PATERSON v. WARDEN
ENTRY - DENYING PETITION FOR WRIT OF HABEAS CORPUSAND DIRECTING ENTRY OF FINAL JUDGMENT; The petition of David Paterson for a writ of habeas corpus challenges a prison disciplinary proceeding identified as NCF 16-07-0072. Mr. Paterson is not ent itled to the relief he seeks. His petition for a writ of habeas corpus must be denied and the action dismissed. Judgment consistent with this Entry shall now issue. *** SEE ENTRY ***. Signed by Judge James Patrick Hanlon on 9/9/2020. Copy to Petitioner via US Mail(CKM) .
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UNITED STATES DISTRICT COURT
SOUTHERN DISTRICT OF INDIANA
WARDEN New Castle Correctional Facility,
ENTRY DENYING PETITION FOR WRIT OF HABEAS CORPUS
AND DIRECTING ENTRY OF FINAL JUDGMENT
The petition of David Paterson for a writ of habeas corpus challenges a prison disciplinary
proceeding identified as NCF 16-07-0072. For the reasons explained in this Entry, Mr. Paterson’s
habeas petition must be denied.
Prisoners in Indiana custody may not be deprived of good-time credits or of credit-earning
class without due process. Ellison v. Zatecky, 820 F.3d 271, 274 (7th Cir. 2016); Scruggs v. Jordan,
485 F.3d 934, 939 (7th Cir. 2007); see also Rhoiney v. Neal, 723 F. App’x 347, 348 (7th Cir. 2018).
The due process requirement is satisfied with: 1) the issuance of at least 24 hours advance written
notice of the charge; 2) a limited opportunity to call witnesses and present evidence to an impartial
decision-maker; 3) a written statement articulating the reasons for the disciplinary action and the
evidence justifying it; and 4) “some evidence in the record” to support the finding of guilt.
Superintendent, Mass. Corr. Inst. v. Hill, 472 U.S. 445, 454 (1985); see also Wolff v. McDonnell,
418 U.S. 539, 563-67 (1974).
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The Disciplinary Proceeding
On July 14, 2016, Officer Mouser wrote a conduct report in case NCF 16-07-0072 charging
Mr. Paterson with offense A-111/A-113, attempted trafficking. The conduct report states:
On the above date at the approximate time [7.14.16 at 0346], I Officer Mouser,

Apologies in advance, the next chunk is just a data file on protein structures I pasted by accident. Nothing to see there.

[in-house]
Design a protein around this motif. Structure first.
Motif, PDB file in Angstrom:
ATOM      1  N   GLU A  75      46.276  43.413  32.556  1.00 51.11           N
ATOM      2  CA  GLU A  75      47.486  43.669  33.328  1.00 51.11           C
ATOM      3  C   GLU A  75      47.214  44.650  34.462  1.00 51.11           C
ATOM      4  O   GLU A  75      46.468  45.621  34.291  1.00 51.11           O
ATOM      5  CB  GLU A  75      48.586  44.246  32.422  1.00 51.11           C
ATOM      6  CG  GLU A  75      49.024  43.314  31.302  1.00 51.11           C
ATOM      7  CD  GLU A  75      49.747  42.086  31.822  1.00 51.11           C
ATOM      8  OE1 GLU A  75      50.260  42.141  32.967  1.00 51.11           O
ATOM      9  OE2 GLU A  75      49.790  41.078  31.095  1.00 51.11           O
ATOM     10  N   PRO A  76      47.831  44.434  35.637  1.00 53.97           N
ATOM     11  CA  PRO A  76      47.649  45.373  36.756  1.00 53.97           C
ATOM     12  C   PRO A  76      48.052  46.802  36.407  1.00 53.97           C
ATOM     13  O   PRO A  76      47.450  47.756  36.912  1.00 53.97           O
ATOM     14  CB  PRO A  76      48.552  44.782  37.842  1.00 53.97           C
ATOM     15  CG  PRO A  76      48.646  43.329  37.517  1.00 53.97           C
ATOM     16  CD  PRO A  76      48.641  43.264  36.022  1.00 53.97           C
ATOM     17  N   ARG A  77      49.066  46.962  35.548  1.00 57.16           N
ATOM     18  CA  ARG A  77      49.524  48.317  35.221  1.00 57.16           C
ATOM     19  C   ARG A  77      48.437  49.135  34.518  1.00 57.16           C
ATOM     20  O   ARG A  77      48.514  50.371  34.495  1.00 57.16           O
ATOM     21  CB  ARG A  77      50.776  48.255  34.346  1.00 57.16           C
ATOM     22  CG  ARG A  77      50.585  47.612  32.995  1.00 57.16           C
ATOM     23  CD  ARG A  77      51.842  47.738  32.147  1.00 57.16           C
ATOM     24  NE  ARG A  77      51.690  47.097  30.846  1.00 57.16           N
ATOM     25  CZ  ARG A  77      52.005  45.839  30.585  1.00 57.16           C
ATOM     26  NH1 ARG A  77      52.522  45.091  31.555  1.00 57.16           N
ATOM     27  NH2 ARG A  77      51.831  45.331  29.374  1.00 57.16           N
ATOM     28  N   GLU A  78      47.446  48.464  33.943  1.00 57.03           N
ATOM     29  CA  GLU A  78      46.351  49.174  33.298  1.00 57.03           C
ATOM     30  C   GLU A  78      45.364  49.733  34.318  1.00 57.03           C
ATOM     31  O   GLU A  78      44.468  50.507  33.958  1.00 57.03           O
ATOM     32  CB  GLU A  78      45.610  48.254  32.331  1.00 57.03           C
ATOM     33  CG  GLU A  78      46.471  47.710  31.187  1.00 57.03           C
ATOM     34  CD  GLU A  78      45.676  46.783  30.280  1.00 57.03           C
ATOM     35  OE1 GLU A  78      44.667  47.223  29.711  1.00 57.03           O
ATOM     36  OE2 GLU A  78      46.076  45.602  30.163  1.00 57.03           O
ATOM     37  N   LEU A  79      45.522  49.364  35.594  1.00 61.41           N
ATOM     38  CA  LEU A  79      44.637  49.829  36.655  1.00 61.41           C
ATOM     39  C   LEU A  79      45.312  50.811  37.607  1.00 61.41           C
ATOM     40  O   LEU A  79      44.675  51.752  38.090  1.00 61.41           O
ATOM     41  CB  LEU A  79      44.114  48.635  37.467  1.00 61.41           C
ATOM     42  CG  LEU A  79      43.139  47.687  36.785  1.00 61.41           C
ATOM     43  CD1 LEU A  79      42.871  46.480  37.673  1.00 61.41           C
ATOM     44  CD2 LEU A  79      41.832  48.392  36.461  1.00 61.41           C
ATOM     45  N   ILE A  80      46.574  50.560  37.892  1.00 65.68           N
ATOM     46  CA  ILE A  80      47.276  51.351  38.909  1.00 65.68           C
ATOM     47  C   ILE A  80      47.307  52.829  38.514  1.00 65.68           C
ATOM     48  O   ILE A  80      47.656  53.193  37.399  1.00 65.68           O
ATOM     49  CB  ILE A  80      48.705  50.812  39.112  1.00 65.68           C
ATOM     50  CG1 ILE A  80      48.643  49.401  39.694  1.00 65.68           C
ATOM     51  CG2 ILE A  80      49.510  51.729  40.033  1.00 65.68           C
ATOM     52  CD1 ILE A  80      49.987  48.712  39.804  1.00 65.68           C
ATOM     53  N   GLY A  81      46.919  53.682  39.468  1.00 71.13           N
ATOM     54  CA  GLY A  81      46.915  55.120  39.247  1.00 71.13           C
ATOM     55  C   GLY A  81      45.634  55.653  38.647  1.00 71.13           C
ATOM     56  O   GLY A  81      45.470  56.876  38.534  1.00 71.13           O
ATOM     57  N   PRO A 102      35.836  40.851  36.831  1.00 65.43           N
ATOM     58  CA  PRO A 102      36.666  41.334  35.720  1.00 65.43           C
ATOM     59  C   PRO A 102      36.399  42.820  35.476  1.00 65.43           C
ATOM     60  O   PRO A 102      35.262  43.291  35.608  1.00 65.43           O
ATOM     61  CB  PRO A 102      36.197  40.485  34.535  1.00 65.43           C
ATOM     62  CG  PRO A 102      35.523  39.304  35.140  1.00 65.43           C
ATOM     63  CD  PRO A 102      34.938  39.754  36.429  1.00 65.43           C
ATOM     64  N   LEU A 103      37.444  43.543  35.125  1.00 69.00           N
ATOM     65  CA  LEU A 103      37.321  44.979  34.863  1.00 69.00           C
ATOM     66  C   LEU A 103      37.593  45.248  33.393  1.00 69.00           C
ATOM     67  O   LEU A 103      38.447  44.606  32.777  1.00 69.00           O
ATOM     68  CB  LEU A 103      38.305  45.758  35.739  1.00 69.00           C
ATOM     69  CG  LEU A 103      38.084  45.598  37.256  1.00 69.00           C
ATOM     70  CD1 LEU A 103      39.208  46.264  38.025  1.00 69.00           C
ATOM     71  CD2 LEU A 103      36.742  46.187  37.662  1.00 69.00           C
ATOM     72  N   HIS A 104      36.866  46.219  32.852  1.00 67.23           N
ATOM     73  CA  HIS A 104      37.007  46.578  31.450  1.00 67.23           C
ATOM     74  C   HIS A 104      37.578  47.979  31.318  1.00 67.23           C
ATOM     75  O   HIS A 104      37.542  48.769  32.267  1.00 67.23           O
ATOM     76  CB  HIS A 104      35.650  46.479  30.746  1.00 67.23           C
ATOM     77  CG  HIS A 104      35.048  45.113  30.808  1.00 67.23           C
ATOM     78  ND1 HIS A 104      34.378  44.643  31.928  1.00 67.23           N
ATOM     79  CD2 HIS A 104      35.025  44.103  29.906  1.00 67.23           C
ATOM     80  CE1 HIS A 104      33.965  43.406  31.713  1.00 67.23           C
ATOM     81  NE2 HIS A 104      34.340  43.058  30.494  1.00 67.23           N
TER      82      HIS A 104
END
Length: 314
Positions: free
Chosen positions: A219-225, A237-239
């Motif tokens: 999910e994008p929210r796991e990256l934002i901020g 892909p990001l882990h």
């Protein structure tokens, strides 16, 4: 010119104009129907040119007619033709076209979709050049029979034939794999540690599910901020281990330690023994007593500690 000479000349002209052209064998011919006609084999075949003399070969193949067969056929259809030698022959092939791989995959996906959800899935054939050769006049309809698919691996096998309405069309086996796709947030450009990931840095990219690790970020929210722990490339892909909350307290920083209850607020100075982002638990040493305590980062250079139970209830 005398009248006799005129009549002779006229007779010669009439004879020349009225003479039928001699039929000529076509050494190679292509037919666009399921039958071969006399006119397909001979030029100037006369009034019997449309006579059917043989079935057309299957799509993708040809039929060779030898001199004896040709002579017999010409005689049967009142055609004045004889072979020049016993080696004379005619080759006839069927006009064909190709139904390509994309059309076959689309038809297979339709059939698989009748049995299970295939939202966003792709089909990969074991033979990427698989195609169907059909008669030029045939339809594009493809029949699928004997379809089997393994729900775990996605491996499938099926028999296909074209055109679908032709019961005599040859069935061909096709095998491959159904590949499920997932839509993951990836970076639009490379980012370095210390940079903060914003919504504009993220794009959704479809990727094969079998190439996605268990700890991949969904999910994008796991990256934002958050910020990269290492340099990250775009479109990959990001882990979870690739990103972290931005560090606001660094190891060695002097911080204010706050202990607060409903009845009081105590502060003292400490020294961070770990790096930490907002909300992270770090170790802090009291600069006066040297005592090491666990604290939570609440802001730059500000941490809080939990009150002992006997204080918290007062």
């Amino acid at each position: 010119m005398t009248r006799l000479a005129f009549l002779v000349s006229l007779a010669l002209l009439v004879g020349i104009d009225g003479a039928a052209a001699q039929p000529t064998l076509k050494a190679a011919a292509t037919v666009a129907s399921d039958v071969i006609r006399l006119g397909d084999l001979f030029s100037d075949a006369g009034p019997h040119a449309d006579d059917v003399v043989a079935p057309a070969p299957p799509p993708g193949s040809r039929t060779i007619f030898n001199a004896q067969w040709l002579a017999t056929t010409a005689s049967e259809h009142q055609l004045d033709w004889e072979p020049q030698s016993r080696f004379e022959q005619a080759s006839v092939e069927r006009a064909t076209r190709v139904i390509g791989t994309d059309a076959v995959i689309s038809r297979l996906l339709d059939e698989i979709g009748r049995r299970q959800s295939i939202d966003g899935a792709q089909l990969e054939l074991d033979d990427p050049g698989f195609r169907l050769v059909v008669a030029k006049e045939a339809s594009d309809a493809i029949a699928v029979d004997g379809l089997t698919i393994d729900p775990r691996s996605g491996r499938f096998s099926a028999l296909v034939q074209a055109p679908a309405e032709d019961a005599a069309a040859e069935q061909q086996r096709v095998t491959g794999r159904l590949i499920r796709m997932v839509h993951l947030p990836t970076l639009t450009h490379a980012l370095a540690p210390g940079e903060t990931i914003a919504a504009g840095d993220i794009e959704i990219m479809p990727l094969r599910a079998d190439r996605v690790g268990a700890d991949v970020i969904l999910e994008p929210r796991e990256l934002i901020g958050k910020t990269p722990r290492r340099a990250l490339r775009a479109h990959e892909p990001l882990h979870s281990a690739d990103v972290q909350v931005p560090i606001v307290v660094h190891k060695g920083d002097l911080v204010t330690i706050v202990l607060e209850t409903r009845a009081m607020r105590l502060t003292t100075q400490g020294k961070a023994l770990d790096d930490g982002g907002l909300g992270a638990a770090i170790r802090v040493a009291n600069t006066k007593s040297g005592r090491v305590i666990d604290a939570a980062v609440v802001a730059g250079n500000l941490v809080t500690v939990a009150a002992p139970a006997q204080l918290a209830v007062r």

while doing my morning mail screening came across a letter from off. Paterson
(DOC #260210) in which it appears that off. Paterson is attempting to get
contraband trafficked into N.C.F. Offender has been notified of conduct. End
The letter recovered by Officer Mouser stated the following:
As a customer of yours for over 3 years I now have no access to a computer to
order. Therefore I have a request. I need you to either send a pricelist for your
CANN synthetics or write back with a price for just the chem BB – or something
similar to the MAM series. Id love a monthly news letter or a catalog. Also I would
need my rc sent on a cut card that is glued back together since the letter will be
searched prior to me getting it so if we are to continue business we must be very
careful and secretive. Please respond ASAP with price pluss shipping as well as an
itemized list of products if possible. Thank you for your time and support and I
hope to continue business in future Respond To: New Castle Correctional Facility,
1000 Van Nuys Road P.O. Box A Newcastle, Indiana 47362 USA.
Dkt. 6-2. Based on the envelope, the “Sensible” that Mr. Paterson is writing to is a company called
Sensible Seeds in Great Britain. Still shots of the company’s website show that it sells cannabis
seeds. Dkt. 6-3 at 1-2.
On July 18, 2016, the screening officer notified Mr. Paterson of the attempted trafficking
charge and served him with a copy of the conduct report and a copy of the notice of disciplinary
hearing “screening report.” Dkt. 6-4. Mr. Paterson pleaded not guilty and did not request any
witnesses or evidence. Id.
A hearing in case NCF 16-07- 0072 was conducted on July 21, 2016. Dkt. 6-6. Mr. Paterson
pleaded not guilty and stated, “I think someone on there [sic] way out wrote this so they could
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grow it when they got out. I am not liked in my dorm. I don’t know what is going on.” Id. The
hearing officer found Mr. Paterson guilty of offense A-111/113 based on the conduct report, Mr.
Paterson’s statement, the letter and envelope, and the web page still shots. Id. Mr. Paterson
received the following sanctions: a 30-day loss of phone and commissary privileges, a 23-day loss
of good-time credit, and a one-step demotion in credit class. Id.
Mr. Paterson’s appeals to the warden and the Appeal Review Officer for the Indiana
Department of Correction (IDOC) were denied in August and September of 2016. Dkts. 6-7, 6-8.
This habeas action was filed on July 3, 2019. Dkt. 1.
Mr. Paterson alleges that his due process rights were violated in the disciplinary